MorganBarnhart August 23, 2011 at 5:47 pm

@MartinaIring Say I want to target New York SEO, I would put my title tag like this: “New York SEO | My Company Name” just like that. Google frowns and penalizes sites that do something like this, “New York SEO, SEM, Social Media, Internet Marketing, South Side | My Company”. That may have been too many words, but you get the idea. That’s called keyword stuffing and no matter where it is on your site, Google does not take kindly to keyword stuffing. Google wants you to be successful and they understand that targeting appropriate keywords is fine, they just don’t want you to go crazy with it. Been using this technique for the past several years and have never gotten penalized, in fact, quite the opposite. :)

MartinaIring August 23, 2011 at 5:40 pm

Thanks for your comment Morgan! I’m curious to know more about the single keyword idea that you bring up. This is the info I am going on from Google, and my understanding of it is that you can only use your business name, and not keywords. http://www.google.com/support/places/bin/answer.py?answer=107528 @MorganBarnhart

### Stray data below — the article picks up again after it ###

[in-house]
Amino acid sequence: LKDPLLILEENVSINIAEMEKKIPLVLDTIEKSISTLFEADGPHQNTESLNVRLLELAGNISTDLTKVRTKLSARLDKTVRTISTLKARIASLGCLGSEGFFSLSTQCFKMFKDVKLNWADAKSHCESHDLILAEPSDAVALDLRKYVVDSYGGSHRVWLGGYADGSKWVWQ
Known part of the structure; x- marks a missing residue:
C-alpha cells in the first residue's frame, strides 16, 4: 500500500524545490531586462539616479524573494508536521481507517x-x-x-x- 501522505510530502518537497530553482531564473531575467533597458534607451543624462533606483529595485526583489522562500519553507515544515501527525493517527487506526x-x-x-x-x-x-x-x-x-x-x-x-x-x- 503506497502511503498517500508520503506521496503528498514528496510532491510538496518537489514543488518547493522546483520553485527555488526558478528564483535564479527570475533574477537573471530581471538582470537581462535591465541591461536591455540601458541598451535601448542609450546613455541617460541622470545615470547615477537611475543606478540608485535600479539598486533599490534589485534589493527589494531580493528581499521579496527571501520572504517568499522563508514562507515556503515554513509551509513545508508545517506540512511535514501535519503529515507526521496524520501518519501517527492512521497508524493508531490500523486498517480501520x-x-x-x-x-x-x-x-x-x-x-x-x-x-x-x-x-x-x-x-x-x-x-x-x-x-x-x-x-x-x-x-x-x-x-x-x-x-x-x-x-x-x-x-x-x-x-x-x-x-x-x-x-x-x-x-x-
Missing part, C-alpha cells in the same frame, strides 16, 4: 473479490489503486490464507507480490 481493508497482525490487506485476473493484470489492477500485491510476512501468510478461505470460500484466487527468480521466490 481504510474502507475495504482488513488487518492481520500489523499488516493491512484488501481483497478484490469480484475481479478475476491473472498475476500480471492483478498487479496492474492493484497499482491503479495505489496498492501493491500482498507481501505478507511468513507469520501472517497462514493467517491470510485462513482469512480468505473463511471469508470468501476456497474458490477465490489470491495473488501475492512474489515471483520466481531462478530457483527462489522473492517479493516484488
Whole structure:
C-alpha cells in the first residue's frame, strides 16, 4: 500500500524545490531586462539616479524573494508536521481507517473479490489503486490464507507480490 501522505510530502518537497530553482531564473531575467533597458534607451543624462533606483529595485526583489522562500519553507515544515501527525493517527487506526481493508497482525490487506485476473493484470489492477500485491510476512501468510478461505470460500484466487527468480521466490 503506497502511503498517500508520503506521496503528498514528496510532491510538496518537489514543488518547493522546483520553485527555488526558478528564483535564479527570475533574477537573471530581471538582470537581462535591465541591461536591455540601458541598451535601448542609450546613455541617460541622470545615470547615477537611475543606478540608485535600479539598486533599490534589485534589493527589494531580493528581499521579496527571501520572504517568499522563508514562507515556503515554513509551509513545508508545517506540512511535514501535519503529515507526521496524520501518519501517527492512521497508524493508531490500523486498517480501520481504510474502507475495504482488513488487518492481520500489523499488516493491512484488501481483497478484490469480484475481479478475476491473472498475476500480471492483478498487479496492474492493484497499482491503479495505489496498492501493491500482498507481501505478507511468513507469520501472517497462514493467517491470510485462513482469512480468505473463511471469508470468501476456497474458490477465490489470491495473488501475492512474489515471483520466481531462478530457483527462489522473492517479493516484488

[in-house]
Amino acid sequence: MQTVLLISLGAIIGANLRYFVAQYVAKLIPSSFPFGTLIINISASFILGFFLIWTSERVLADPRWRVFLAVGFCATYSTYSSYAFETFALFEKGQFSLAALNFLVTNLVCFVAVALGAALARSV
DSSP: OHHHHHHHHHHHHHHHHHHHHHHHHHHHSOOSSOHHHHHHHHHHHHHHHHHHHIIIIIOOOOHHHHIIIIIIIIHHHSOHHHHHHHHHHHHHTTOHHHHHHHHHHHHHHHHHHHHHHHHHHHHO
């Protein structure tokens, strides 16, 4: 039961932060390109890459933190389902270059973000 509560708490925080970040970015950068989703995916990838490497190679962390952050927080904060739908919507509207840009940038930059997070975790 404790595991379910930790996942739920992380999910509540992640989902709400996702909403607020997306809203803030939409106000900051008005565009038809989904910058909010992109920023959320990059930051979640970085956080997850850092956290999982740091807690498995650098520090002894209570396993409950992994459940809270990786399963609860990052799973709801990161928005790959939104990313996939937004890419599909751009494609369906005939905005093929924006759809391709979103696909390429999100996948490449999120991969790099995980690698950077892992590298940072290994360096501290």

MorganBarnhart August 23, 2011 at 4:03 pm

Hey Martina!

Actually, it is ok to use one keyword in your title tag. There’s nothing wrong with it. It’s when you begin keyword stuffing your title that Google gets angry. Ranking for a single keyword in your title tag is actually a good idea and has helped many many many many many clients, it’s even helped my own business.

I do agree, though, that you shouldn’t blatantly copy your competition. It’s important to know what they’re up to, but there’s no way that you should do everything that they’re doing. It’d look awfully suspicious and besides, you don’t want to be a follower; map out your own personalized strategy.

Cheers!

MartinaIring August 23, 2011 at 12:06 pm

So glad it was helpful for you! @bodynsoil

bodynsoil August 23, 2011 at 6:19 am

Excellent post full of information that is very thought provoking. I love reading articles that make me go back to my blog/website and rethink what I am doing after learning something new. Thank you.